Some medications can’t be taken along with dairy. Also, like humans, some pets have dairy allergies meaning this option is not on the table for them.
Method #8: Use Crunchy Peanut Butter
So many people I know use the trick of hiding a pill in peanut butter to fool their pooch into taking its medication.
While this works for some, other pups will simply root around and leave the pill behind. Some dogs have an ability to do this that is so uncanny it will make you wonder if they were a police dog in a past life.
But if you crush the pill and use the crunchy variety of peanut butter, it’s harder for your pup to distinguish the little pieces of the pill from the little pieces of the peanuts in the peanut butter.
Same problem as other methods involving crushing pills. Some medications (both pet and human) can’t be broken or crushed before being administered.
Method #9: Mozzarella Sticks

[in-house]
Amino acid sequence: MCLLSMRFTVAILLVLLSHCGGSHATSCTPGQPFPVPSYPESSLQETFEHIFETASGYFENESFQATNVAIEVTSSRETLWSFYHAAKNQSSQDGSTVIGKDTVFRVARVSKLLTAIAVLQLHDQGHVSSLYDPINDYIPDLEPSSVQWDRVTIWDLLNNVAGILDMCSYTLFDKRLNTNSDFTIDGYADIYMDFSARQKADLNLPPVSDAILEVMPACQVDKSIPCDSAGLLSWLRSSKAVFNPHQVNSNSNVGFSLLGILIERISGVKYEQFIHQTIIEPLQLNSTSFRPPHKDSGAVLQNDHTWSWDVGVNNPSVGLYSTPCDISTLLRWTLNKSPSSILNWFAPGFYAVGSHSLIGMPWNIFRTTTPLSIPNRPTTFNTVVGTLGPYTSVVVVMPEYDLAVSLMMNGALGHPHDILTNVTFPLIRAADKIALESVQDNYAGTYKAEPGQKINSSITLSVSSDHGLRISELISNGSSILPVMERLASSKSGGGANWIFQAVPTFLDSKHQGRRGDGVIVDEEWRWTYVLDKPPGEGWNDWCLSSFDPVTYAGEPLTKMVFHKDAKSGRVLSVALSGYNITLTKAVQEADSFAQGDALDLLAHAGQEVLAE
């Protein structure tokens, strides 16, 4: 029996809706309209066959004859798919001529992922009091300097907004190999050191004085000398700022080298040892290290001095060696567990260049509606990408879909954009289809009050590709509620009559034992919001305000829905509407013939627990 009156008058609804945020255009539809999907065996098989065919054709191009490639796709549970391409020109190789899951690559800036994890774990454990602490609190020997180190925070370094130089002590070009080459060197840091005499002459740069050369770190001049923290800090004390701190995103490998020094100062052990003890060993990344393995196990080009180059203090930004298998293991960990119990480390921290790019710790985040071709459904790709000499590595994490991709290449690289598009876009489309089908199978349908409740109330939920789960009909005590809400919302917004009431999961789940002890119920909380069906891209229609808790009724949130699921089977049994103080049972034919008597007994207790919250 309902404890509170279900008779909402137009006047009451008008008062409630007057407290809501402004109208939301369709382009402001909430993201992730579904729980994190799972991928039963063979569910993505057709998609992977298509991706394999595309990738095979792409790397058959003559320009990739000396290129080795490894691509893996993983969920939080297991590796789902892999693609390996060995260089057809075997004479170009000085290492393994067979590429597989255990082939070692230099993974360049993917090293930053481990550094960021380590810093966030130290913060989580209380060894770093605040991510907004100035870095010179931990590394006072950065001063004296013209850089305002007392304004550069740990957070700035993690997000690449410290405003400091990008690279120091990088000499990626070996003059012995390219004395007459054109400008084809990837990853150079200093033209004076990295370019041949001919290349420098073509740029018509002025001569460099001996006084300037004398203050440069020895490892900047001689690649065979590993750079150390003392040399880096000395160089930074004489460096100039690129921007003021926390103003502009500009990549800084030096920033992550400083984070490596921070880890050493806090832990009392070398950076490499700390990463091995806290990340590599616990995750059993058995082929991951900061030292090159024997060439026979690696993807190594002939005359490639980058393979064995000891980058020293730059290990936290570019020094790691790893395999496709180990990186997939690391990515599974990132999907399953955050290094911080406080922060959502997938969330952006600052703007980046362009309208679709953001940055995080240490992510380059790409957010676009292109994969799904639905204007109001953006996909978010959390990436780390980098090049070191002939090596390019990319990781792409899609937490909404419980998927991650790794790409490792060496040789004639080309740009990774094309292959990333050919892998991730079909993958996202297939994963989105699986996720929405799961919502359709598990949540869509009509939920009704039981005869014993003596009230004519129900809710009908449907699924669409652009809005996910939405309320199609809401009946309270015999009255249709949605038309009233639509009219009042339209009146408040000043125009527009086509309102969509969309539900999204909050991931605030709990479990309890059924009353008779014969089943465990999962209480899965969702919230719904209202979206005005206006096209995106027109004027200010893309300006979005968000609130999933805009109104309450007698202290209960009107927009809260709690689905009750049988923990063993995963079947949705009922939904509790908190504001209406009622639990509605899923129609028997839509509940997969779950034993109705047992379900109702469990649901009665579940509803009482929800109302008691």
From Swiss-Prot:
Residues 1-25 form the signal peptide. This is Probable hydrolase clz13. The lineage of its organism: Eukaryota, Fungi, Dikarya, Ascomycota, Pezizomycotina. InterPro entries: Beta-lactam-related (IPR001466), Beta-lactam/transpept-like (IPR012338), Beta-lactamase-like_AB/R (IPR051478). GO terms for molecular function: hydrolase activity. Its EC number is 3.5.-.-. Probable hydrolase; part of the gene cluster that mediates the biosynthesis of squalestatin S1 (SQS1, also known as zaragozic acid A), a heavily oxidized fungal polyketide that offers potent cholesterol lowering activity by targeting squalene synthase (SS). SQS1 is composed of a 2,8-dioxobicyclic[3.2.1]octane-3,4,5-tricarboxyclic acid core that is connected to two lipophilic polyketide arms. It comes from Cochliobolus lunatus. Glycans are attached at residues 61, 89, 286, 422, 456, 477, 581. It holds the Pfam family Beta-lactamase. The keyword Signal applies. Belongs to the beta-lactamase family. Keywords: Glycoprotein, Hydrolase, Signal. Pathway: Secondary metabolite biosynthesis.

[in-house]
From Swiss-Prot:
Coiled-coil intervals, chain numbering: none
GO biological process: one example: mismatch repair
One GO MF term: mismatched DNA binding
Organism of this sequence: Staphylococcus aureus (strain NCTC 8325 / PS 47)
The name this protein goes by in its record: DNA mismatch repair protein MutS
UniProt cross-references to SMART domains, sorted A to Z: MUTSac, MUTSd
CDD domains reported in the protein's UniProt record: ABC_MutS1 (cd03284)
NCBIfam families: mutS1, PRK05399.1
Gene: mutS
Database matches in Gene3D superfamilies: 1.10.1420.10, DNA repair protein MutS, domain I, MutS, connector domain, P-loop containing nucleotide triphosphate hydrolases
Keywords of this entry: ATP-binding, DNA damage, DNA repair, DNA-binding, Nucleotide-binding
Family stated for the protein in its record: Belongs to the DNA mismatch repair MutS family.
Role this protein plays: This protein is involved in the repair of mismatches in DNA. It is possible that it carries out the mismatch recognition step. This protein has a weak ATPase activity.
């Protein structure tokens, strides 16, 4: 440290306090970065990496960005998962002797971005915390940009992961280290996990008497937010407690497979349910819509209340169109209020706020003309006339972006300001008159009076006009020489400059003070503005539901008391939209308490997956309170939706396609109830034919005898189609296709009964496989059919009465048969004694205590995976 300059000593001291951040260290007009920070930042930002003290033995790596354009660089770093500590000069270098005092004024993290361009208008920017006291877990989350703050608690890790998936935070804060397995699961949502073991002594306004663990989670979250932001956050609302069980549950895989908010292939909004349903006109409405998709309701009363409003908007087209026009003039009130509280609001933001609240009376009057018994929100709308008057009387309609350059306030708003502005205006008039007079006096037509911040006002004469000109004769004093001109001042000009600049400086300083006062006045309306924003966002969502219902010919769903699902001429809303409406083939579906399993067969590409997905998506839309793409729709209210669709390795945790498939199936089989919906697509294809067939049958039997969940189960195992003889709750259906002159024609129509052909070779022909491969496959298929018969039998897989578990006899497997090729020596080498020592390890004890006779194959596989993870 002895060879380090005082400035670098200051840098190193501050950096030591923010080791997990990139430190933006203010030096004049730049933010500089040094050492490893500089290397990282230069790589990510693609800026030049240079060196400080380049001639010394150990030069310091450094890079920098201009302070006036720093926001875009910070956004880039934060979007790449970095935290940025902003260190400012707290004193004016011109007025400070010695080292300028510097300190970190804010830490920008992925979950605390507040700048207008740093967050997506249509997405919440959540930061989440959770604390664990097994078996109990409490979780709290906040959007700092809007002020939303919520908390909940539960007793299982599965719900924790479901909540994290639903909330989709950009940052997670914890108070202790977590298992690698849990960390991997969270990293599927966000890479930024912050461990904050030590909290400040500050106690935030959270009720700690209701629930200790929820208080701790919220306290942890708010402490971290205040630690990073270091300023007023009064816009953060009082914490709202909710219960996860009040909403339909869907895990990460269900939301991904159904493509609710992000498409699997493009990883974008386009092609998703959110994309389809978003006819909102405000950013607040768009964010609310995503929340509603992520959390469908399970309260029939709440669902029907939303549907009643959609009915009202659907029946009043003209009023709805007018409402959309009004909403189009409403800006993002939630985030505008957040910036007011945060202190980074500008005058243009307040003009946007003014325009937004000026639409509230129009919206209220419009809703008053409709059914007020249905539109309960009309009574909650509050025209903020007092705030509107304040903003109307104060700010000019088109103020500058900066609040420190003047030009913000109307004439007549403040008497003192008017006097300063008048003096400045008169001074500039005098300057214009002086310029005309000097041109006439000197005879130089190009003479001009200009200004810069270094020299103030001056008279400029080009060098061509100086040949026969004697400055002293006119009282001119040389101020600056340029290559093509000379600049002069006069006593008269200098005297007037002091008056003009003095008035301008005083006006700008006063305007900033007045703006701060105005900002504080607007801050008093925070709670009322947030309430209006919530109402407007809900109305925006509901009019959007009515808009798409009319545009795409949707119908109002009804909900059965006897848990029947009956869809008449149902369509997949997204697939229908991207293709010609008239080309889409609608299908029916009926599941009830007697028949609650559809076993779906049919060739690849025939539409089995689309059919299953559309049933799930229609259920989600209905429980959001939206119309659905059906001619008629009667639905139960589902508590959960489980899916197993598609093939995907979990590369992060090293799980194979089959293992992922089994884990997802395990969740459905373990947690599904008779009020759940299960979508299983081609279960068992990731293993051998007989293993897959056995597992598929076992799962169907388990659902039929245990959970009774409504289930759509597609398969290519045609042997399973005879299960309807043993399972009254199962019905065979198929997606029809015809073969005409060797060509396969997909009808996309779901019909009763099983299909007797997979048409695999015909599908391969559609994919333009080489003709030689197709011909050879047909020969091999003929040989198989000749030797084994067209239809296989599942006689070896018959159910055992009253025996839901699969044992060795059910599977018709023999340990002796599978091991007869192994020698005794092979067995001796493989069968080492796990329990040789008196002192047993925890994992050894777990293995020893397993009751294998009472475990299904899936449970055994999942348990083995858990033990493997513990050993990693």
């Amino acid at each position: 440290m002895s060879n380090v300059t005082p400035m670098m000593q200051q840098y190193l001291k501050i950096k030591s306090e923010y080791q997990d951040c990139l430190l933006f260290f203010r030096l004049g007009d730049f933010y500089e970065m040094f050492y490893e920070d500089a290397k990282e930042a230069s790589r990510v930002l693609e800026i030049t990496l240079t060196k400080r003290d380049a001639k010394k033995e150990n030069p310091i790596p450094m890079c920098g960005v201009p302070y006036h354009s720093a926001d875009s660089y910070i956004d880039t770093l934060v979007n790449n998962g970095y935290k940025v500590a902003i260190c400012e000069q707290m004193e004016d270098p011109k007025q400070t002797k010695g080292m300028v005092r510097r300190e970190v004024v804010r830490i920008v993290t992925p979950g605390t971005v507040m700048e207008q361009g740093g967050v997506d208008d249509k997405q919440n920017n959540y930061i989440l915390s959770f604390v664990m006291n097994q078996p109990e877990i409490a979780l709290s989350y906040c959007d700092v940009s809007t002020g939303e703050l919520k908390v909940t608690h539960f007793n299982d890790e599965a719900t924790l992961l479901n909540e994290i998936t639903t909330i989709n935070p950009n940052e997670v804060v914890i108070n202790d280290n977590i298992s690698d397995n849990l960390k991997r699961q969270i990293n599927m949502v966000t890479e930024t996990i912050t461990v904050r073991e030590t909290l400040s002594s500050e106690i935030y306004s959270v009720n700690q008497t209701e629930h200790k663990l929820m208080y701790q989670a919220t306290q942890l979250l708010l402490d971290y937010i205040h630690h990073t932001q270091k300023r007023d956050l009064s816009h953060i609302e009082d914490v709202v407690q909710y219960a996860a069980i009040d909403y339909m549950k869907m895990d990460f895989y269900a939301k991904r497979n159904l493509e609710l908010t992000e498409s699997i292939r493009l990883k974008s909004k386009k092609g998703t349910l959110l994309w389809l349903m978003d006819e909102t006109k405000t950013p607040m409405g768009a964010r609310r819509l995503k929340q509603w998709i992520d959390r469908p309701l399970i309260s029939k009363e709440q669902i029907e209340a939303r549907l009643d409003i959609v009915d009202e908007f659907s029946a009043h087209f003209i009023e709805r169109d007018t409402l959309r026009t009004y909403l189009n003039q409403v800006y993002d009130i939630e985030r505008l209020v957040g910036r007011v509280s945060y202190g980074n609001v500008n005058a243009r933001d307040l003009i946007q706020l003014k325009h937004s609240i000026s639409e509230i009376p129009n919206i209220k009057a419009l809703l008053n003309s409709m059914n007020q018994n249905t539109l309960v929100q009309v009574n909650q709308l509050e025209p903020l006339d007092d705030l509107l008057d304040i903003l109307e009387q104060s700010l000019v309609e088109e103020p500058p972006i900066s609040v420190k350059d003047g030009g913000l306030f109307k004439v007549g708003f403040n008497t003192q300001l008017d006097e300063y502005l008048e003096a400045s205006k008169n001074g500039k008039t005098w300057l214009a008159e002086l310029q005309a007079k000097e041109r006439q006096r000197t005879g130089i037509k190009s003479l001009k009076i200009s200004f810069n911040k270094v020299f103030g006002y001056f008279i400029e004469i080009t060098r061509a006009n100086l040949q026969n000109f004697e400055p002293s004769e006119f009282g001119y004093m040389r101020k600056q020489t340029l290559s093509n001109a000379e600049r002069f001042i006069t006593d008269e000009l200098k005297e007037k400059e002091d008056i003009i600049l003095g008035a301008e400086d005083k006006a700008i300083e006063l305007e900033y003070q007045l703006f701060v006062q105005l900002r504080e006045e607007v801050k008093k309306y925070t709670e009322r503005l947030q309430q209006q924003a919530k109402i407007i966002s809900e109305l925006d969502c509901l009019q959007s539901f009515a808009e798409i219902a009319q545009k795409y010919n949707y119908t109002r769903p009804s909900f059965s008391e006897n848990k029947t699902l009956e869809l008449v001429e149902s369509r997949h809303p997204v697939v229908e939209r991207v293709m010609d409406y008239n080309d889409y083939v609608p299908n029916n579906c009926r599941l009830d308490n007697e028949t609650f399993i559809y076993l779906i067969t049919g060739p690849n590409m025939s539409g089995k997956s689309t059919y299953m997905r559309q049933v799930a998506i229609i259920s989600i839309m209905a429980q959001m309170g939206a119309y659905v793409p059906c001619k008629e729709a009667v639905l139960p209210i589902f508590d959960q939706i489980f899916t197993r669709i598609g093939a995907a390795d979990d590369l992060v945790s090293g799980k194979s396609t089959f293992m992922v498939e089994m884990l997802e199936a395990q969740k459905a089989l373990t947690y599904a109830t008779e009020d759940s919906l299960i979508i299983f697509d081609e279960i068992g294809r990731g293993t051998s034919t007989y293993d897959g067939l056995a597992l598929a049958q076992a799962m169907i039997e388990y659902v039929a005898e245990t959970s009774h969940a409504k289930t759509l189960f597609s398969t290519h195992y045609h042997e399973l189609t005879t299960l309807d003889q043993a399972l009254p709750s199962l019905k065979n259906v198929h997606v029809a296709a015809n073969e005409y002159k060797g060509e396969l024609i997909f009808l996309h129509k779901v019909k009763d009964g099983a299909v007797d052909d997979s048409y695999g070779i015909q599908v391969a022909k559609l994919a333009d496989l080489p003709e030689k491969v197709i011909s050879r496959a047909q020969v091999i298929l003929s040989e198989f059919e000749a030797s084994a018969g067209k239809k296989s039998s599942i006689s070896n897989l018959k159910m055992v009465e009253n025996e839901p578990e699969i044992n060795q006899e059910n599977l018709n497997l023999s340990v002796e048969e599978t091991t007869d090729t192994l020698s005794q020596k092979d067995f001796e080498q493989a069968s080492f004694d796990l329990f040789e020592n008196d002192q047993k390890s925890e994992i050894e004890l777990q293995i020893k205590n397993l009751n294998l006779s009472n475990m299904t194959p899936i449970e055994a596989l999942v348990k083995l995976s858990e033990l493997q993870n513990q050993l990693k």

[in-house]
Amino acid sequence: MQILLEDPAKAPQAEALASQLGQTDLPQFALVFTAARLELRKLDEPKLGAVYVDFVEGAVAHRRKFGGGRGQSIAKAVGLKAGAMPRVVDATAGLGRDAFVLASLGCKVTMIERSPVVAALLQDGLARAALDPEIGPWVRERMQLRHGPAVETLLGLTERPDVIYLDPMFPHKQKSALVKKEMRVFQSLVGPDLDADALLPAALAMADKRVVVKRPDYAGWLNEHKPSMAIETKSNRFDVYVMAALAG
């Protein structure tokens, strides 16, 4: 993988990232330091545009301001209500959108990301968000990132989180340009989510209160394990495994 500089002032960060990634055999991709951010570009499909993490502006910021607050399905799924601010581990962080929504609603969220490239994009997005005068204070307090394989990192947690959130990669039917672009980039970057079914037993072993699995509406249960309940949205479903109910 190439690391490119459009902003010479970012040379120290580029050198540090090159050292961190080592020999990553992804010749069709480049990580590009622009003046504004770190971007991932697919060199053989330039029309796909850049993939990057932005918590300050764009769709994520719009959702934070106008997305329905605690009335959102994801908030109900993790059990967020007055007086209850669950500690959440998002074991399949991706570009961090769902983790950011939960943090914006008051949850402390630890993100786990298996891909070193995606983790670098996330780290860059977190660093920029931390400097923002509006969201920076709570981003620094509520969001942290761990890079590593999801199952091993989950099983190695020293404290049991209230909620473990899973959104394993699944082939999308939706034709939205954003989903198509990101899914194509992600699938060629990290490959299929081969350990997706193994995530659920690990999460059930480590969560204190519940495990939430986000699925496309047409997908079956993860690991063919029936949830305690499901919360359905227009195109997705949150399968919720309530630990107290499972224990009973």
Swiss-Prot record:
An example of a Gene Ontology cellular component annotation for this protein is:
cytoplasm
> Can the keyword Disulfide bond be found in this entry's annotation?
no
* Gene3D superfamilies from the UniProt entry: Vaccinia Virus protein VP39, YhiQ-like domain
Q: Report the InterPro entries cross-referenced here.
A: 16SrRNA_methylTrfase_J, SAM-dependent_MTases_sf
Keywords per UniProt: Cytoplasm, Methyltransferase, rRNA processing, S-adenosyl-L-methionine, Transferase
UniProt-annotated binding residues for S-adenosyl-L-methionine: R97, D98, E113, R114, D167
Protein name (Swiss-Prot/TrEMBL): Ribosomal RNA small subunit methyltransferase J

String cheese is a great size and shape for hiding pills inside.
I’ve used a chunk of cheddar to insert a pill into before. I’ve also heard of people using Velveeta and Cheez Whiz (just make a bunch of cheese balls at once and store them in the fridge until you need them). Desperate times call for desperate measures.
Like with cream cheese, you pose the risk of a dairy interaction with certain medications.
Method #10: Hide Your Dog’s Pills in Coconut Oil
I have found this trick can be particularly helpful with larger pills because in addition to camouflaging the pill, a spoonful of coconut oil also lubricates your dog’s mouth and throat.
This helps the medicine slide right on down before your dog spits out the pill.
This method is also useful to get past your dog’s gag reflex.
If you have to give your pet multiple pills a day, ingesting too much oil could cause…well, let’s just say what goes in must come out.
Method #11: Better with Butter
Channel his inner Paula Deane and slather the pill in some butter.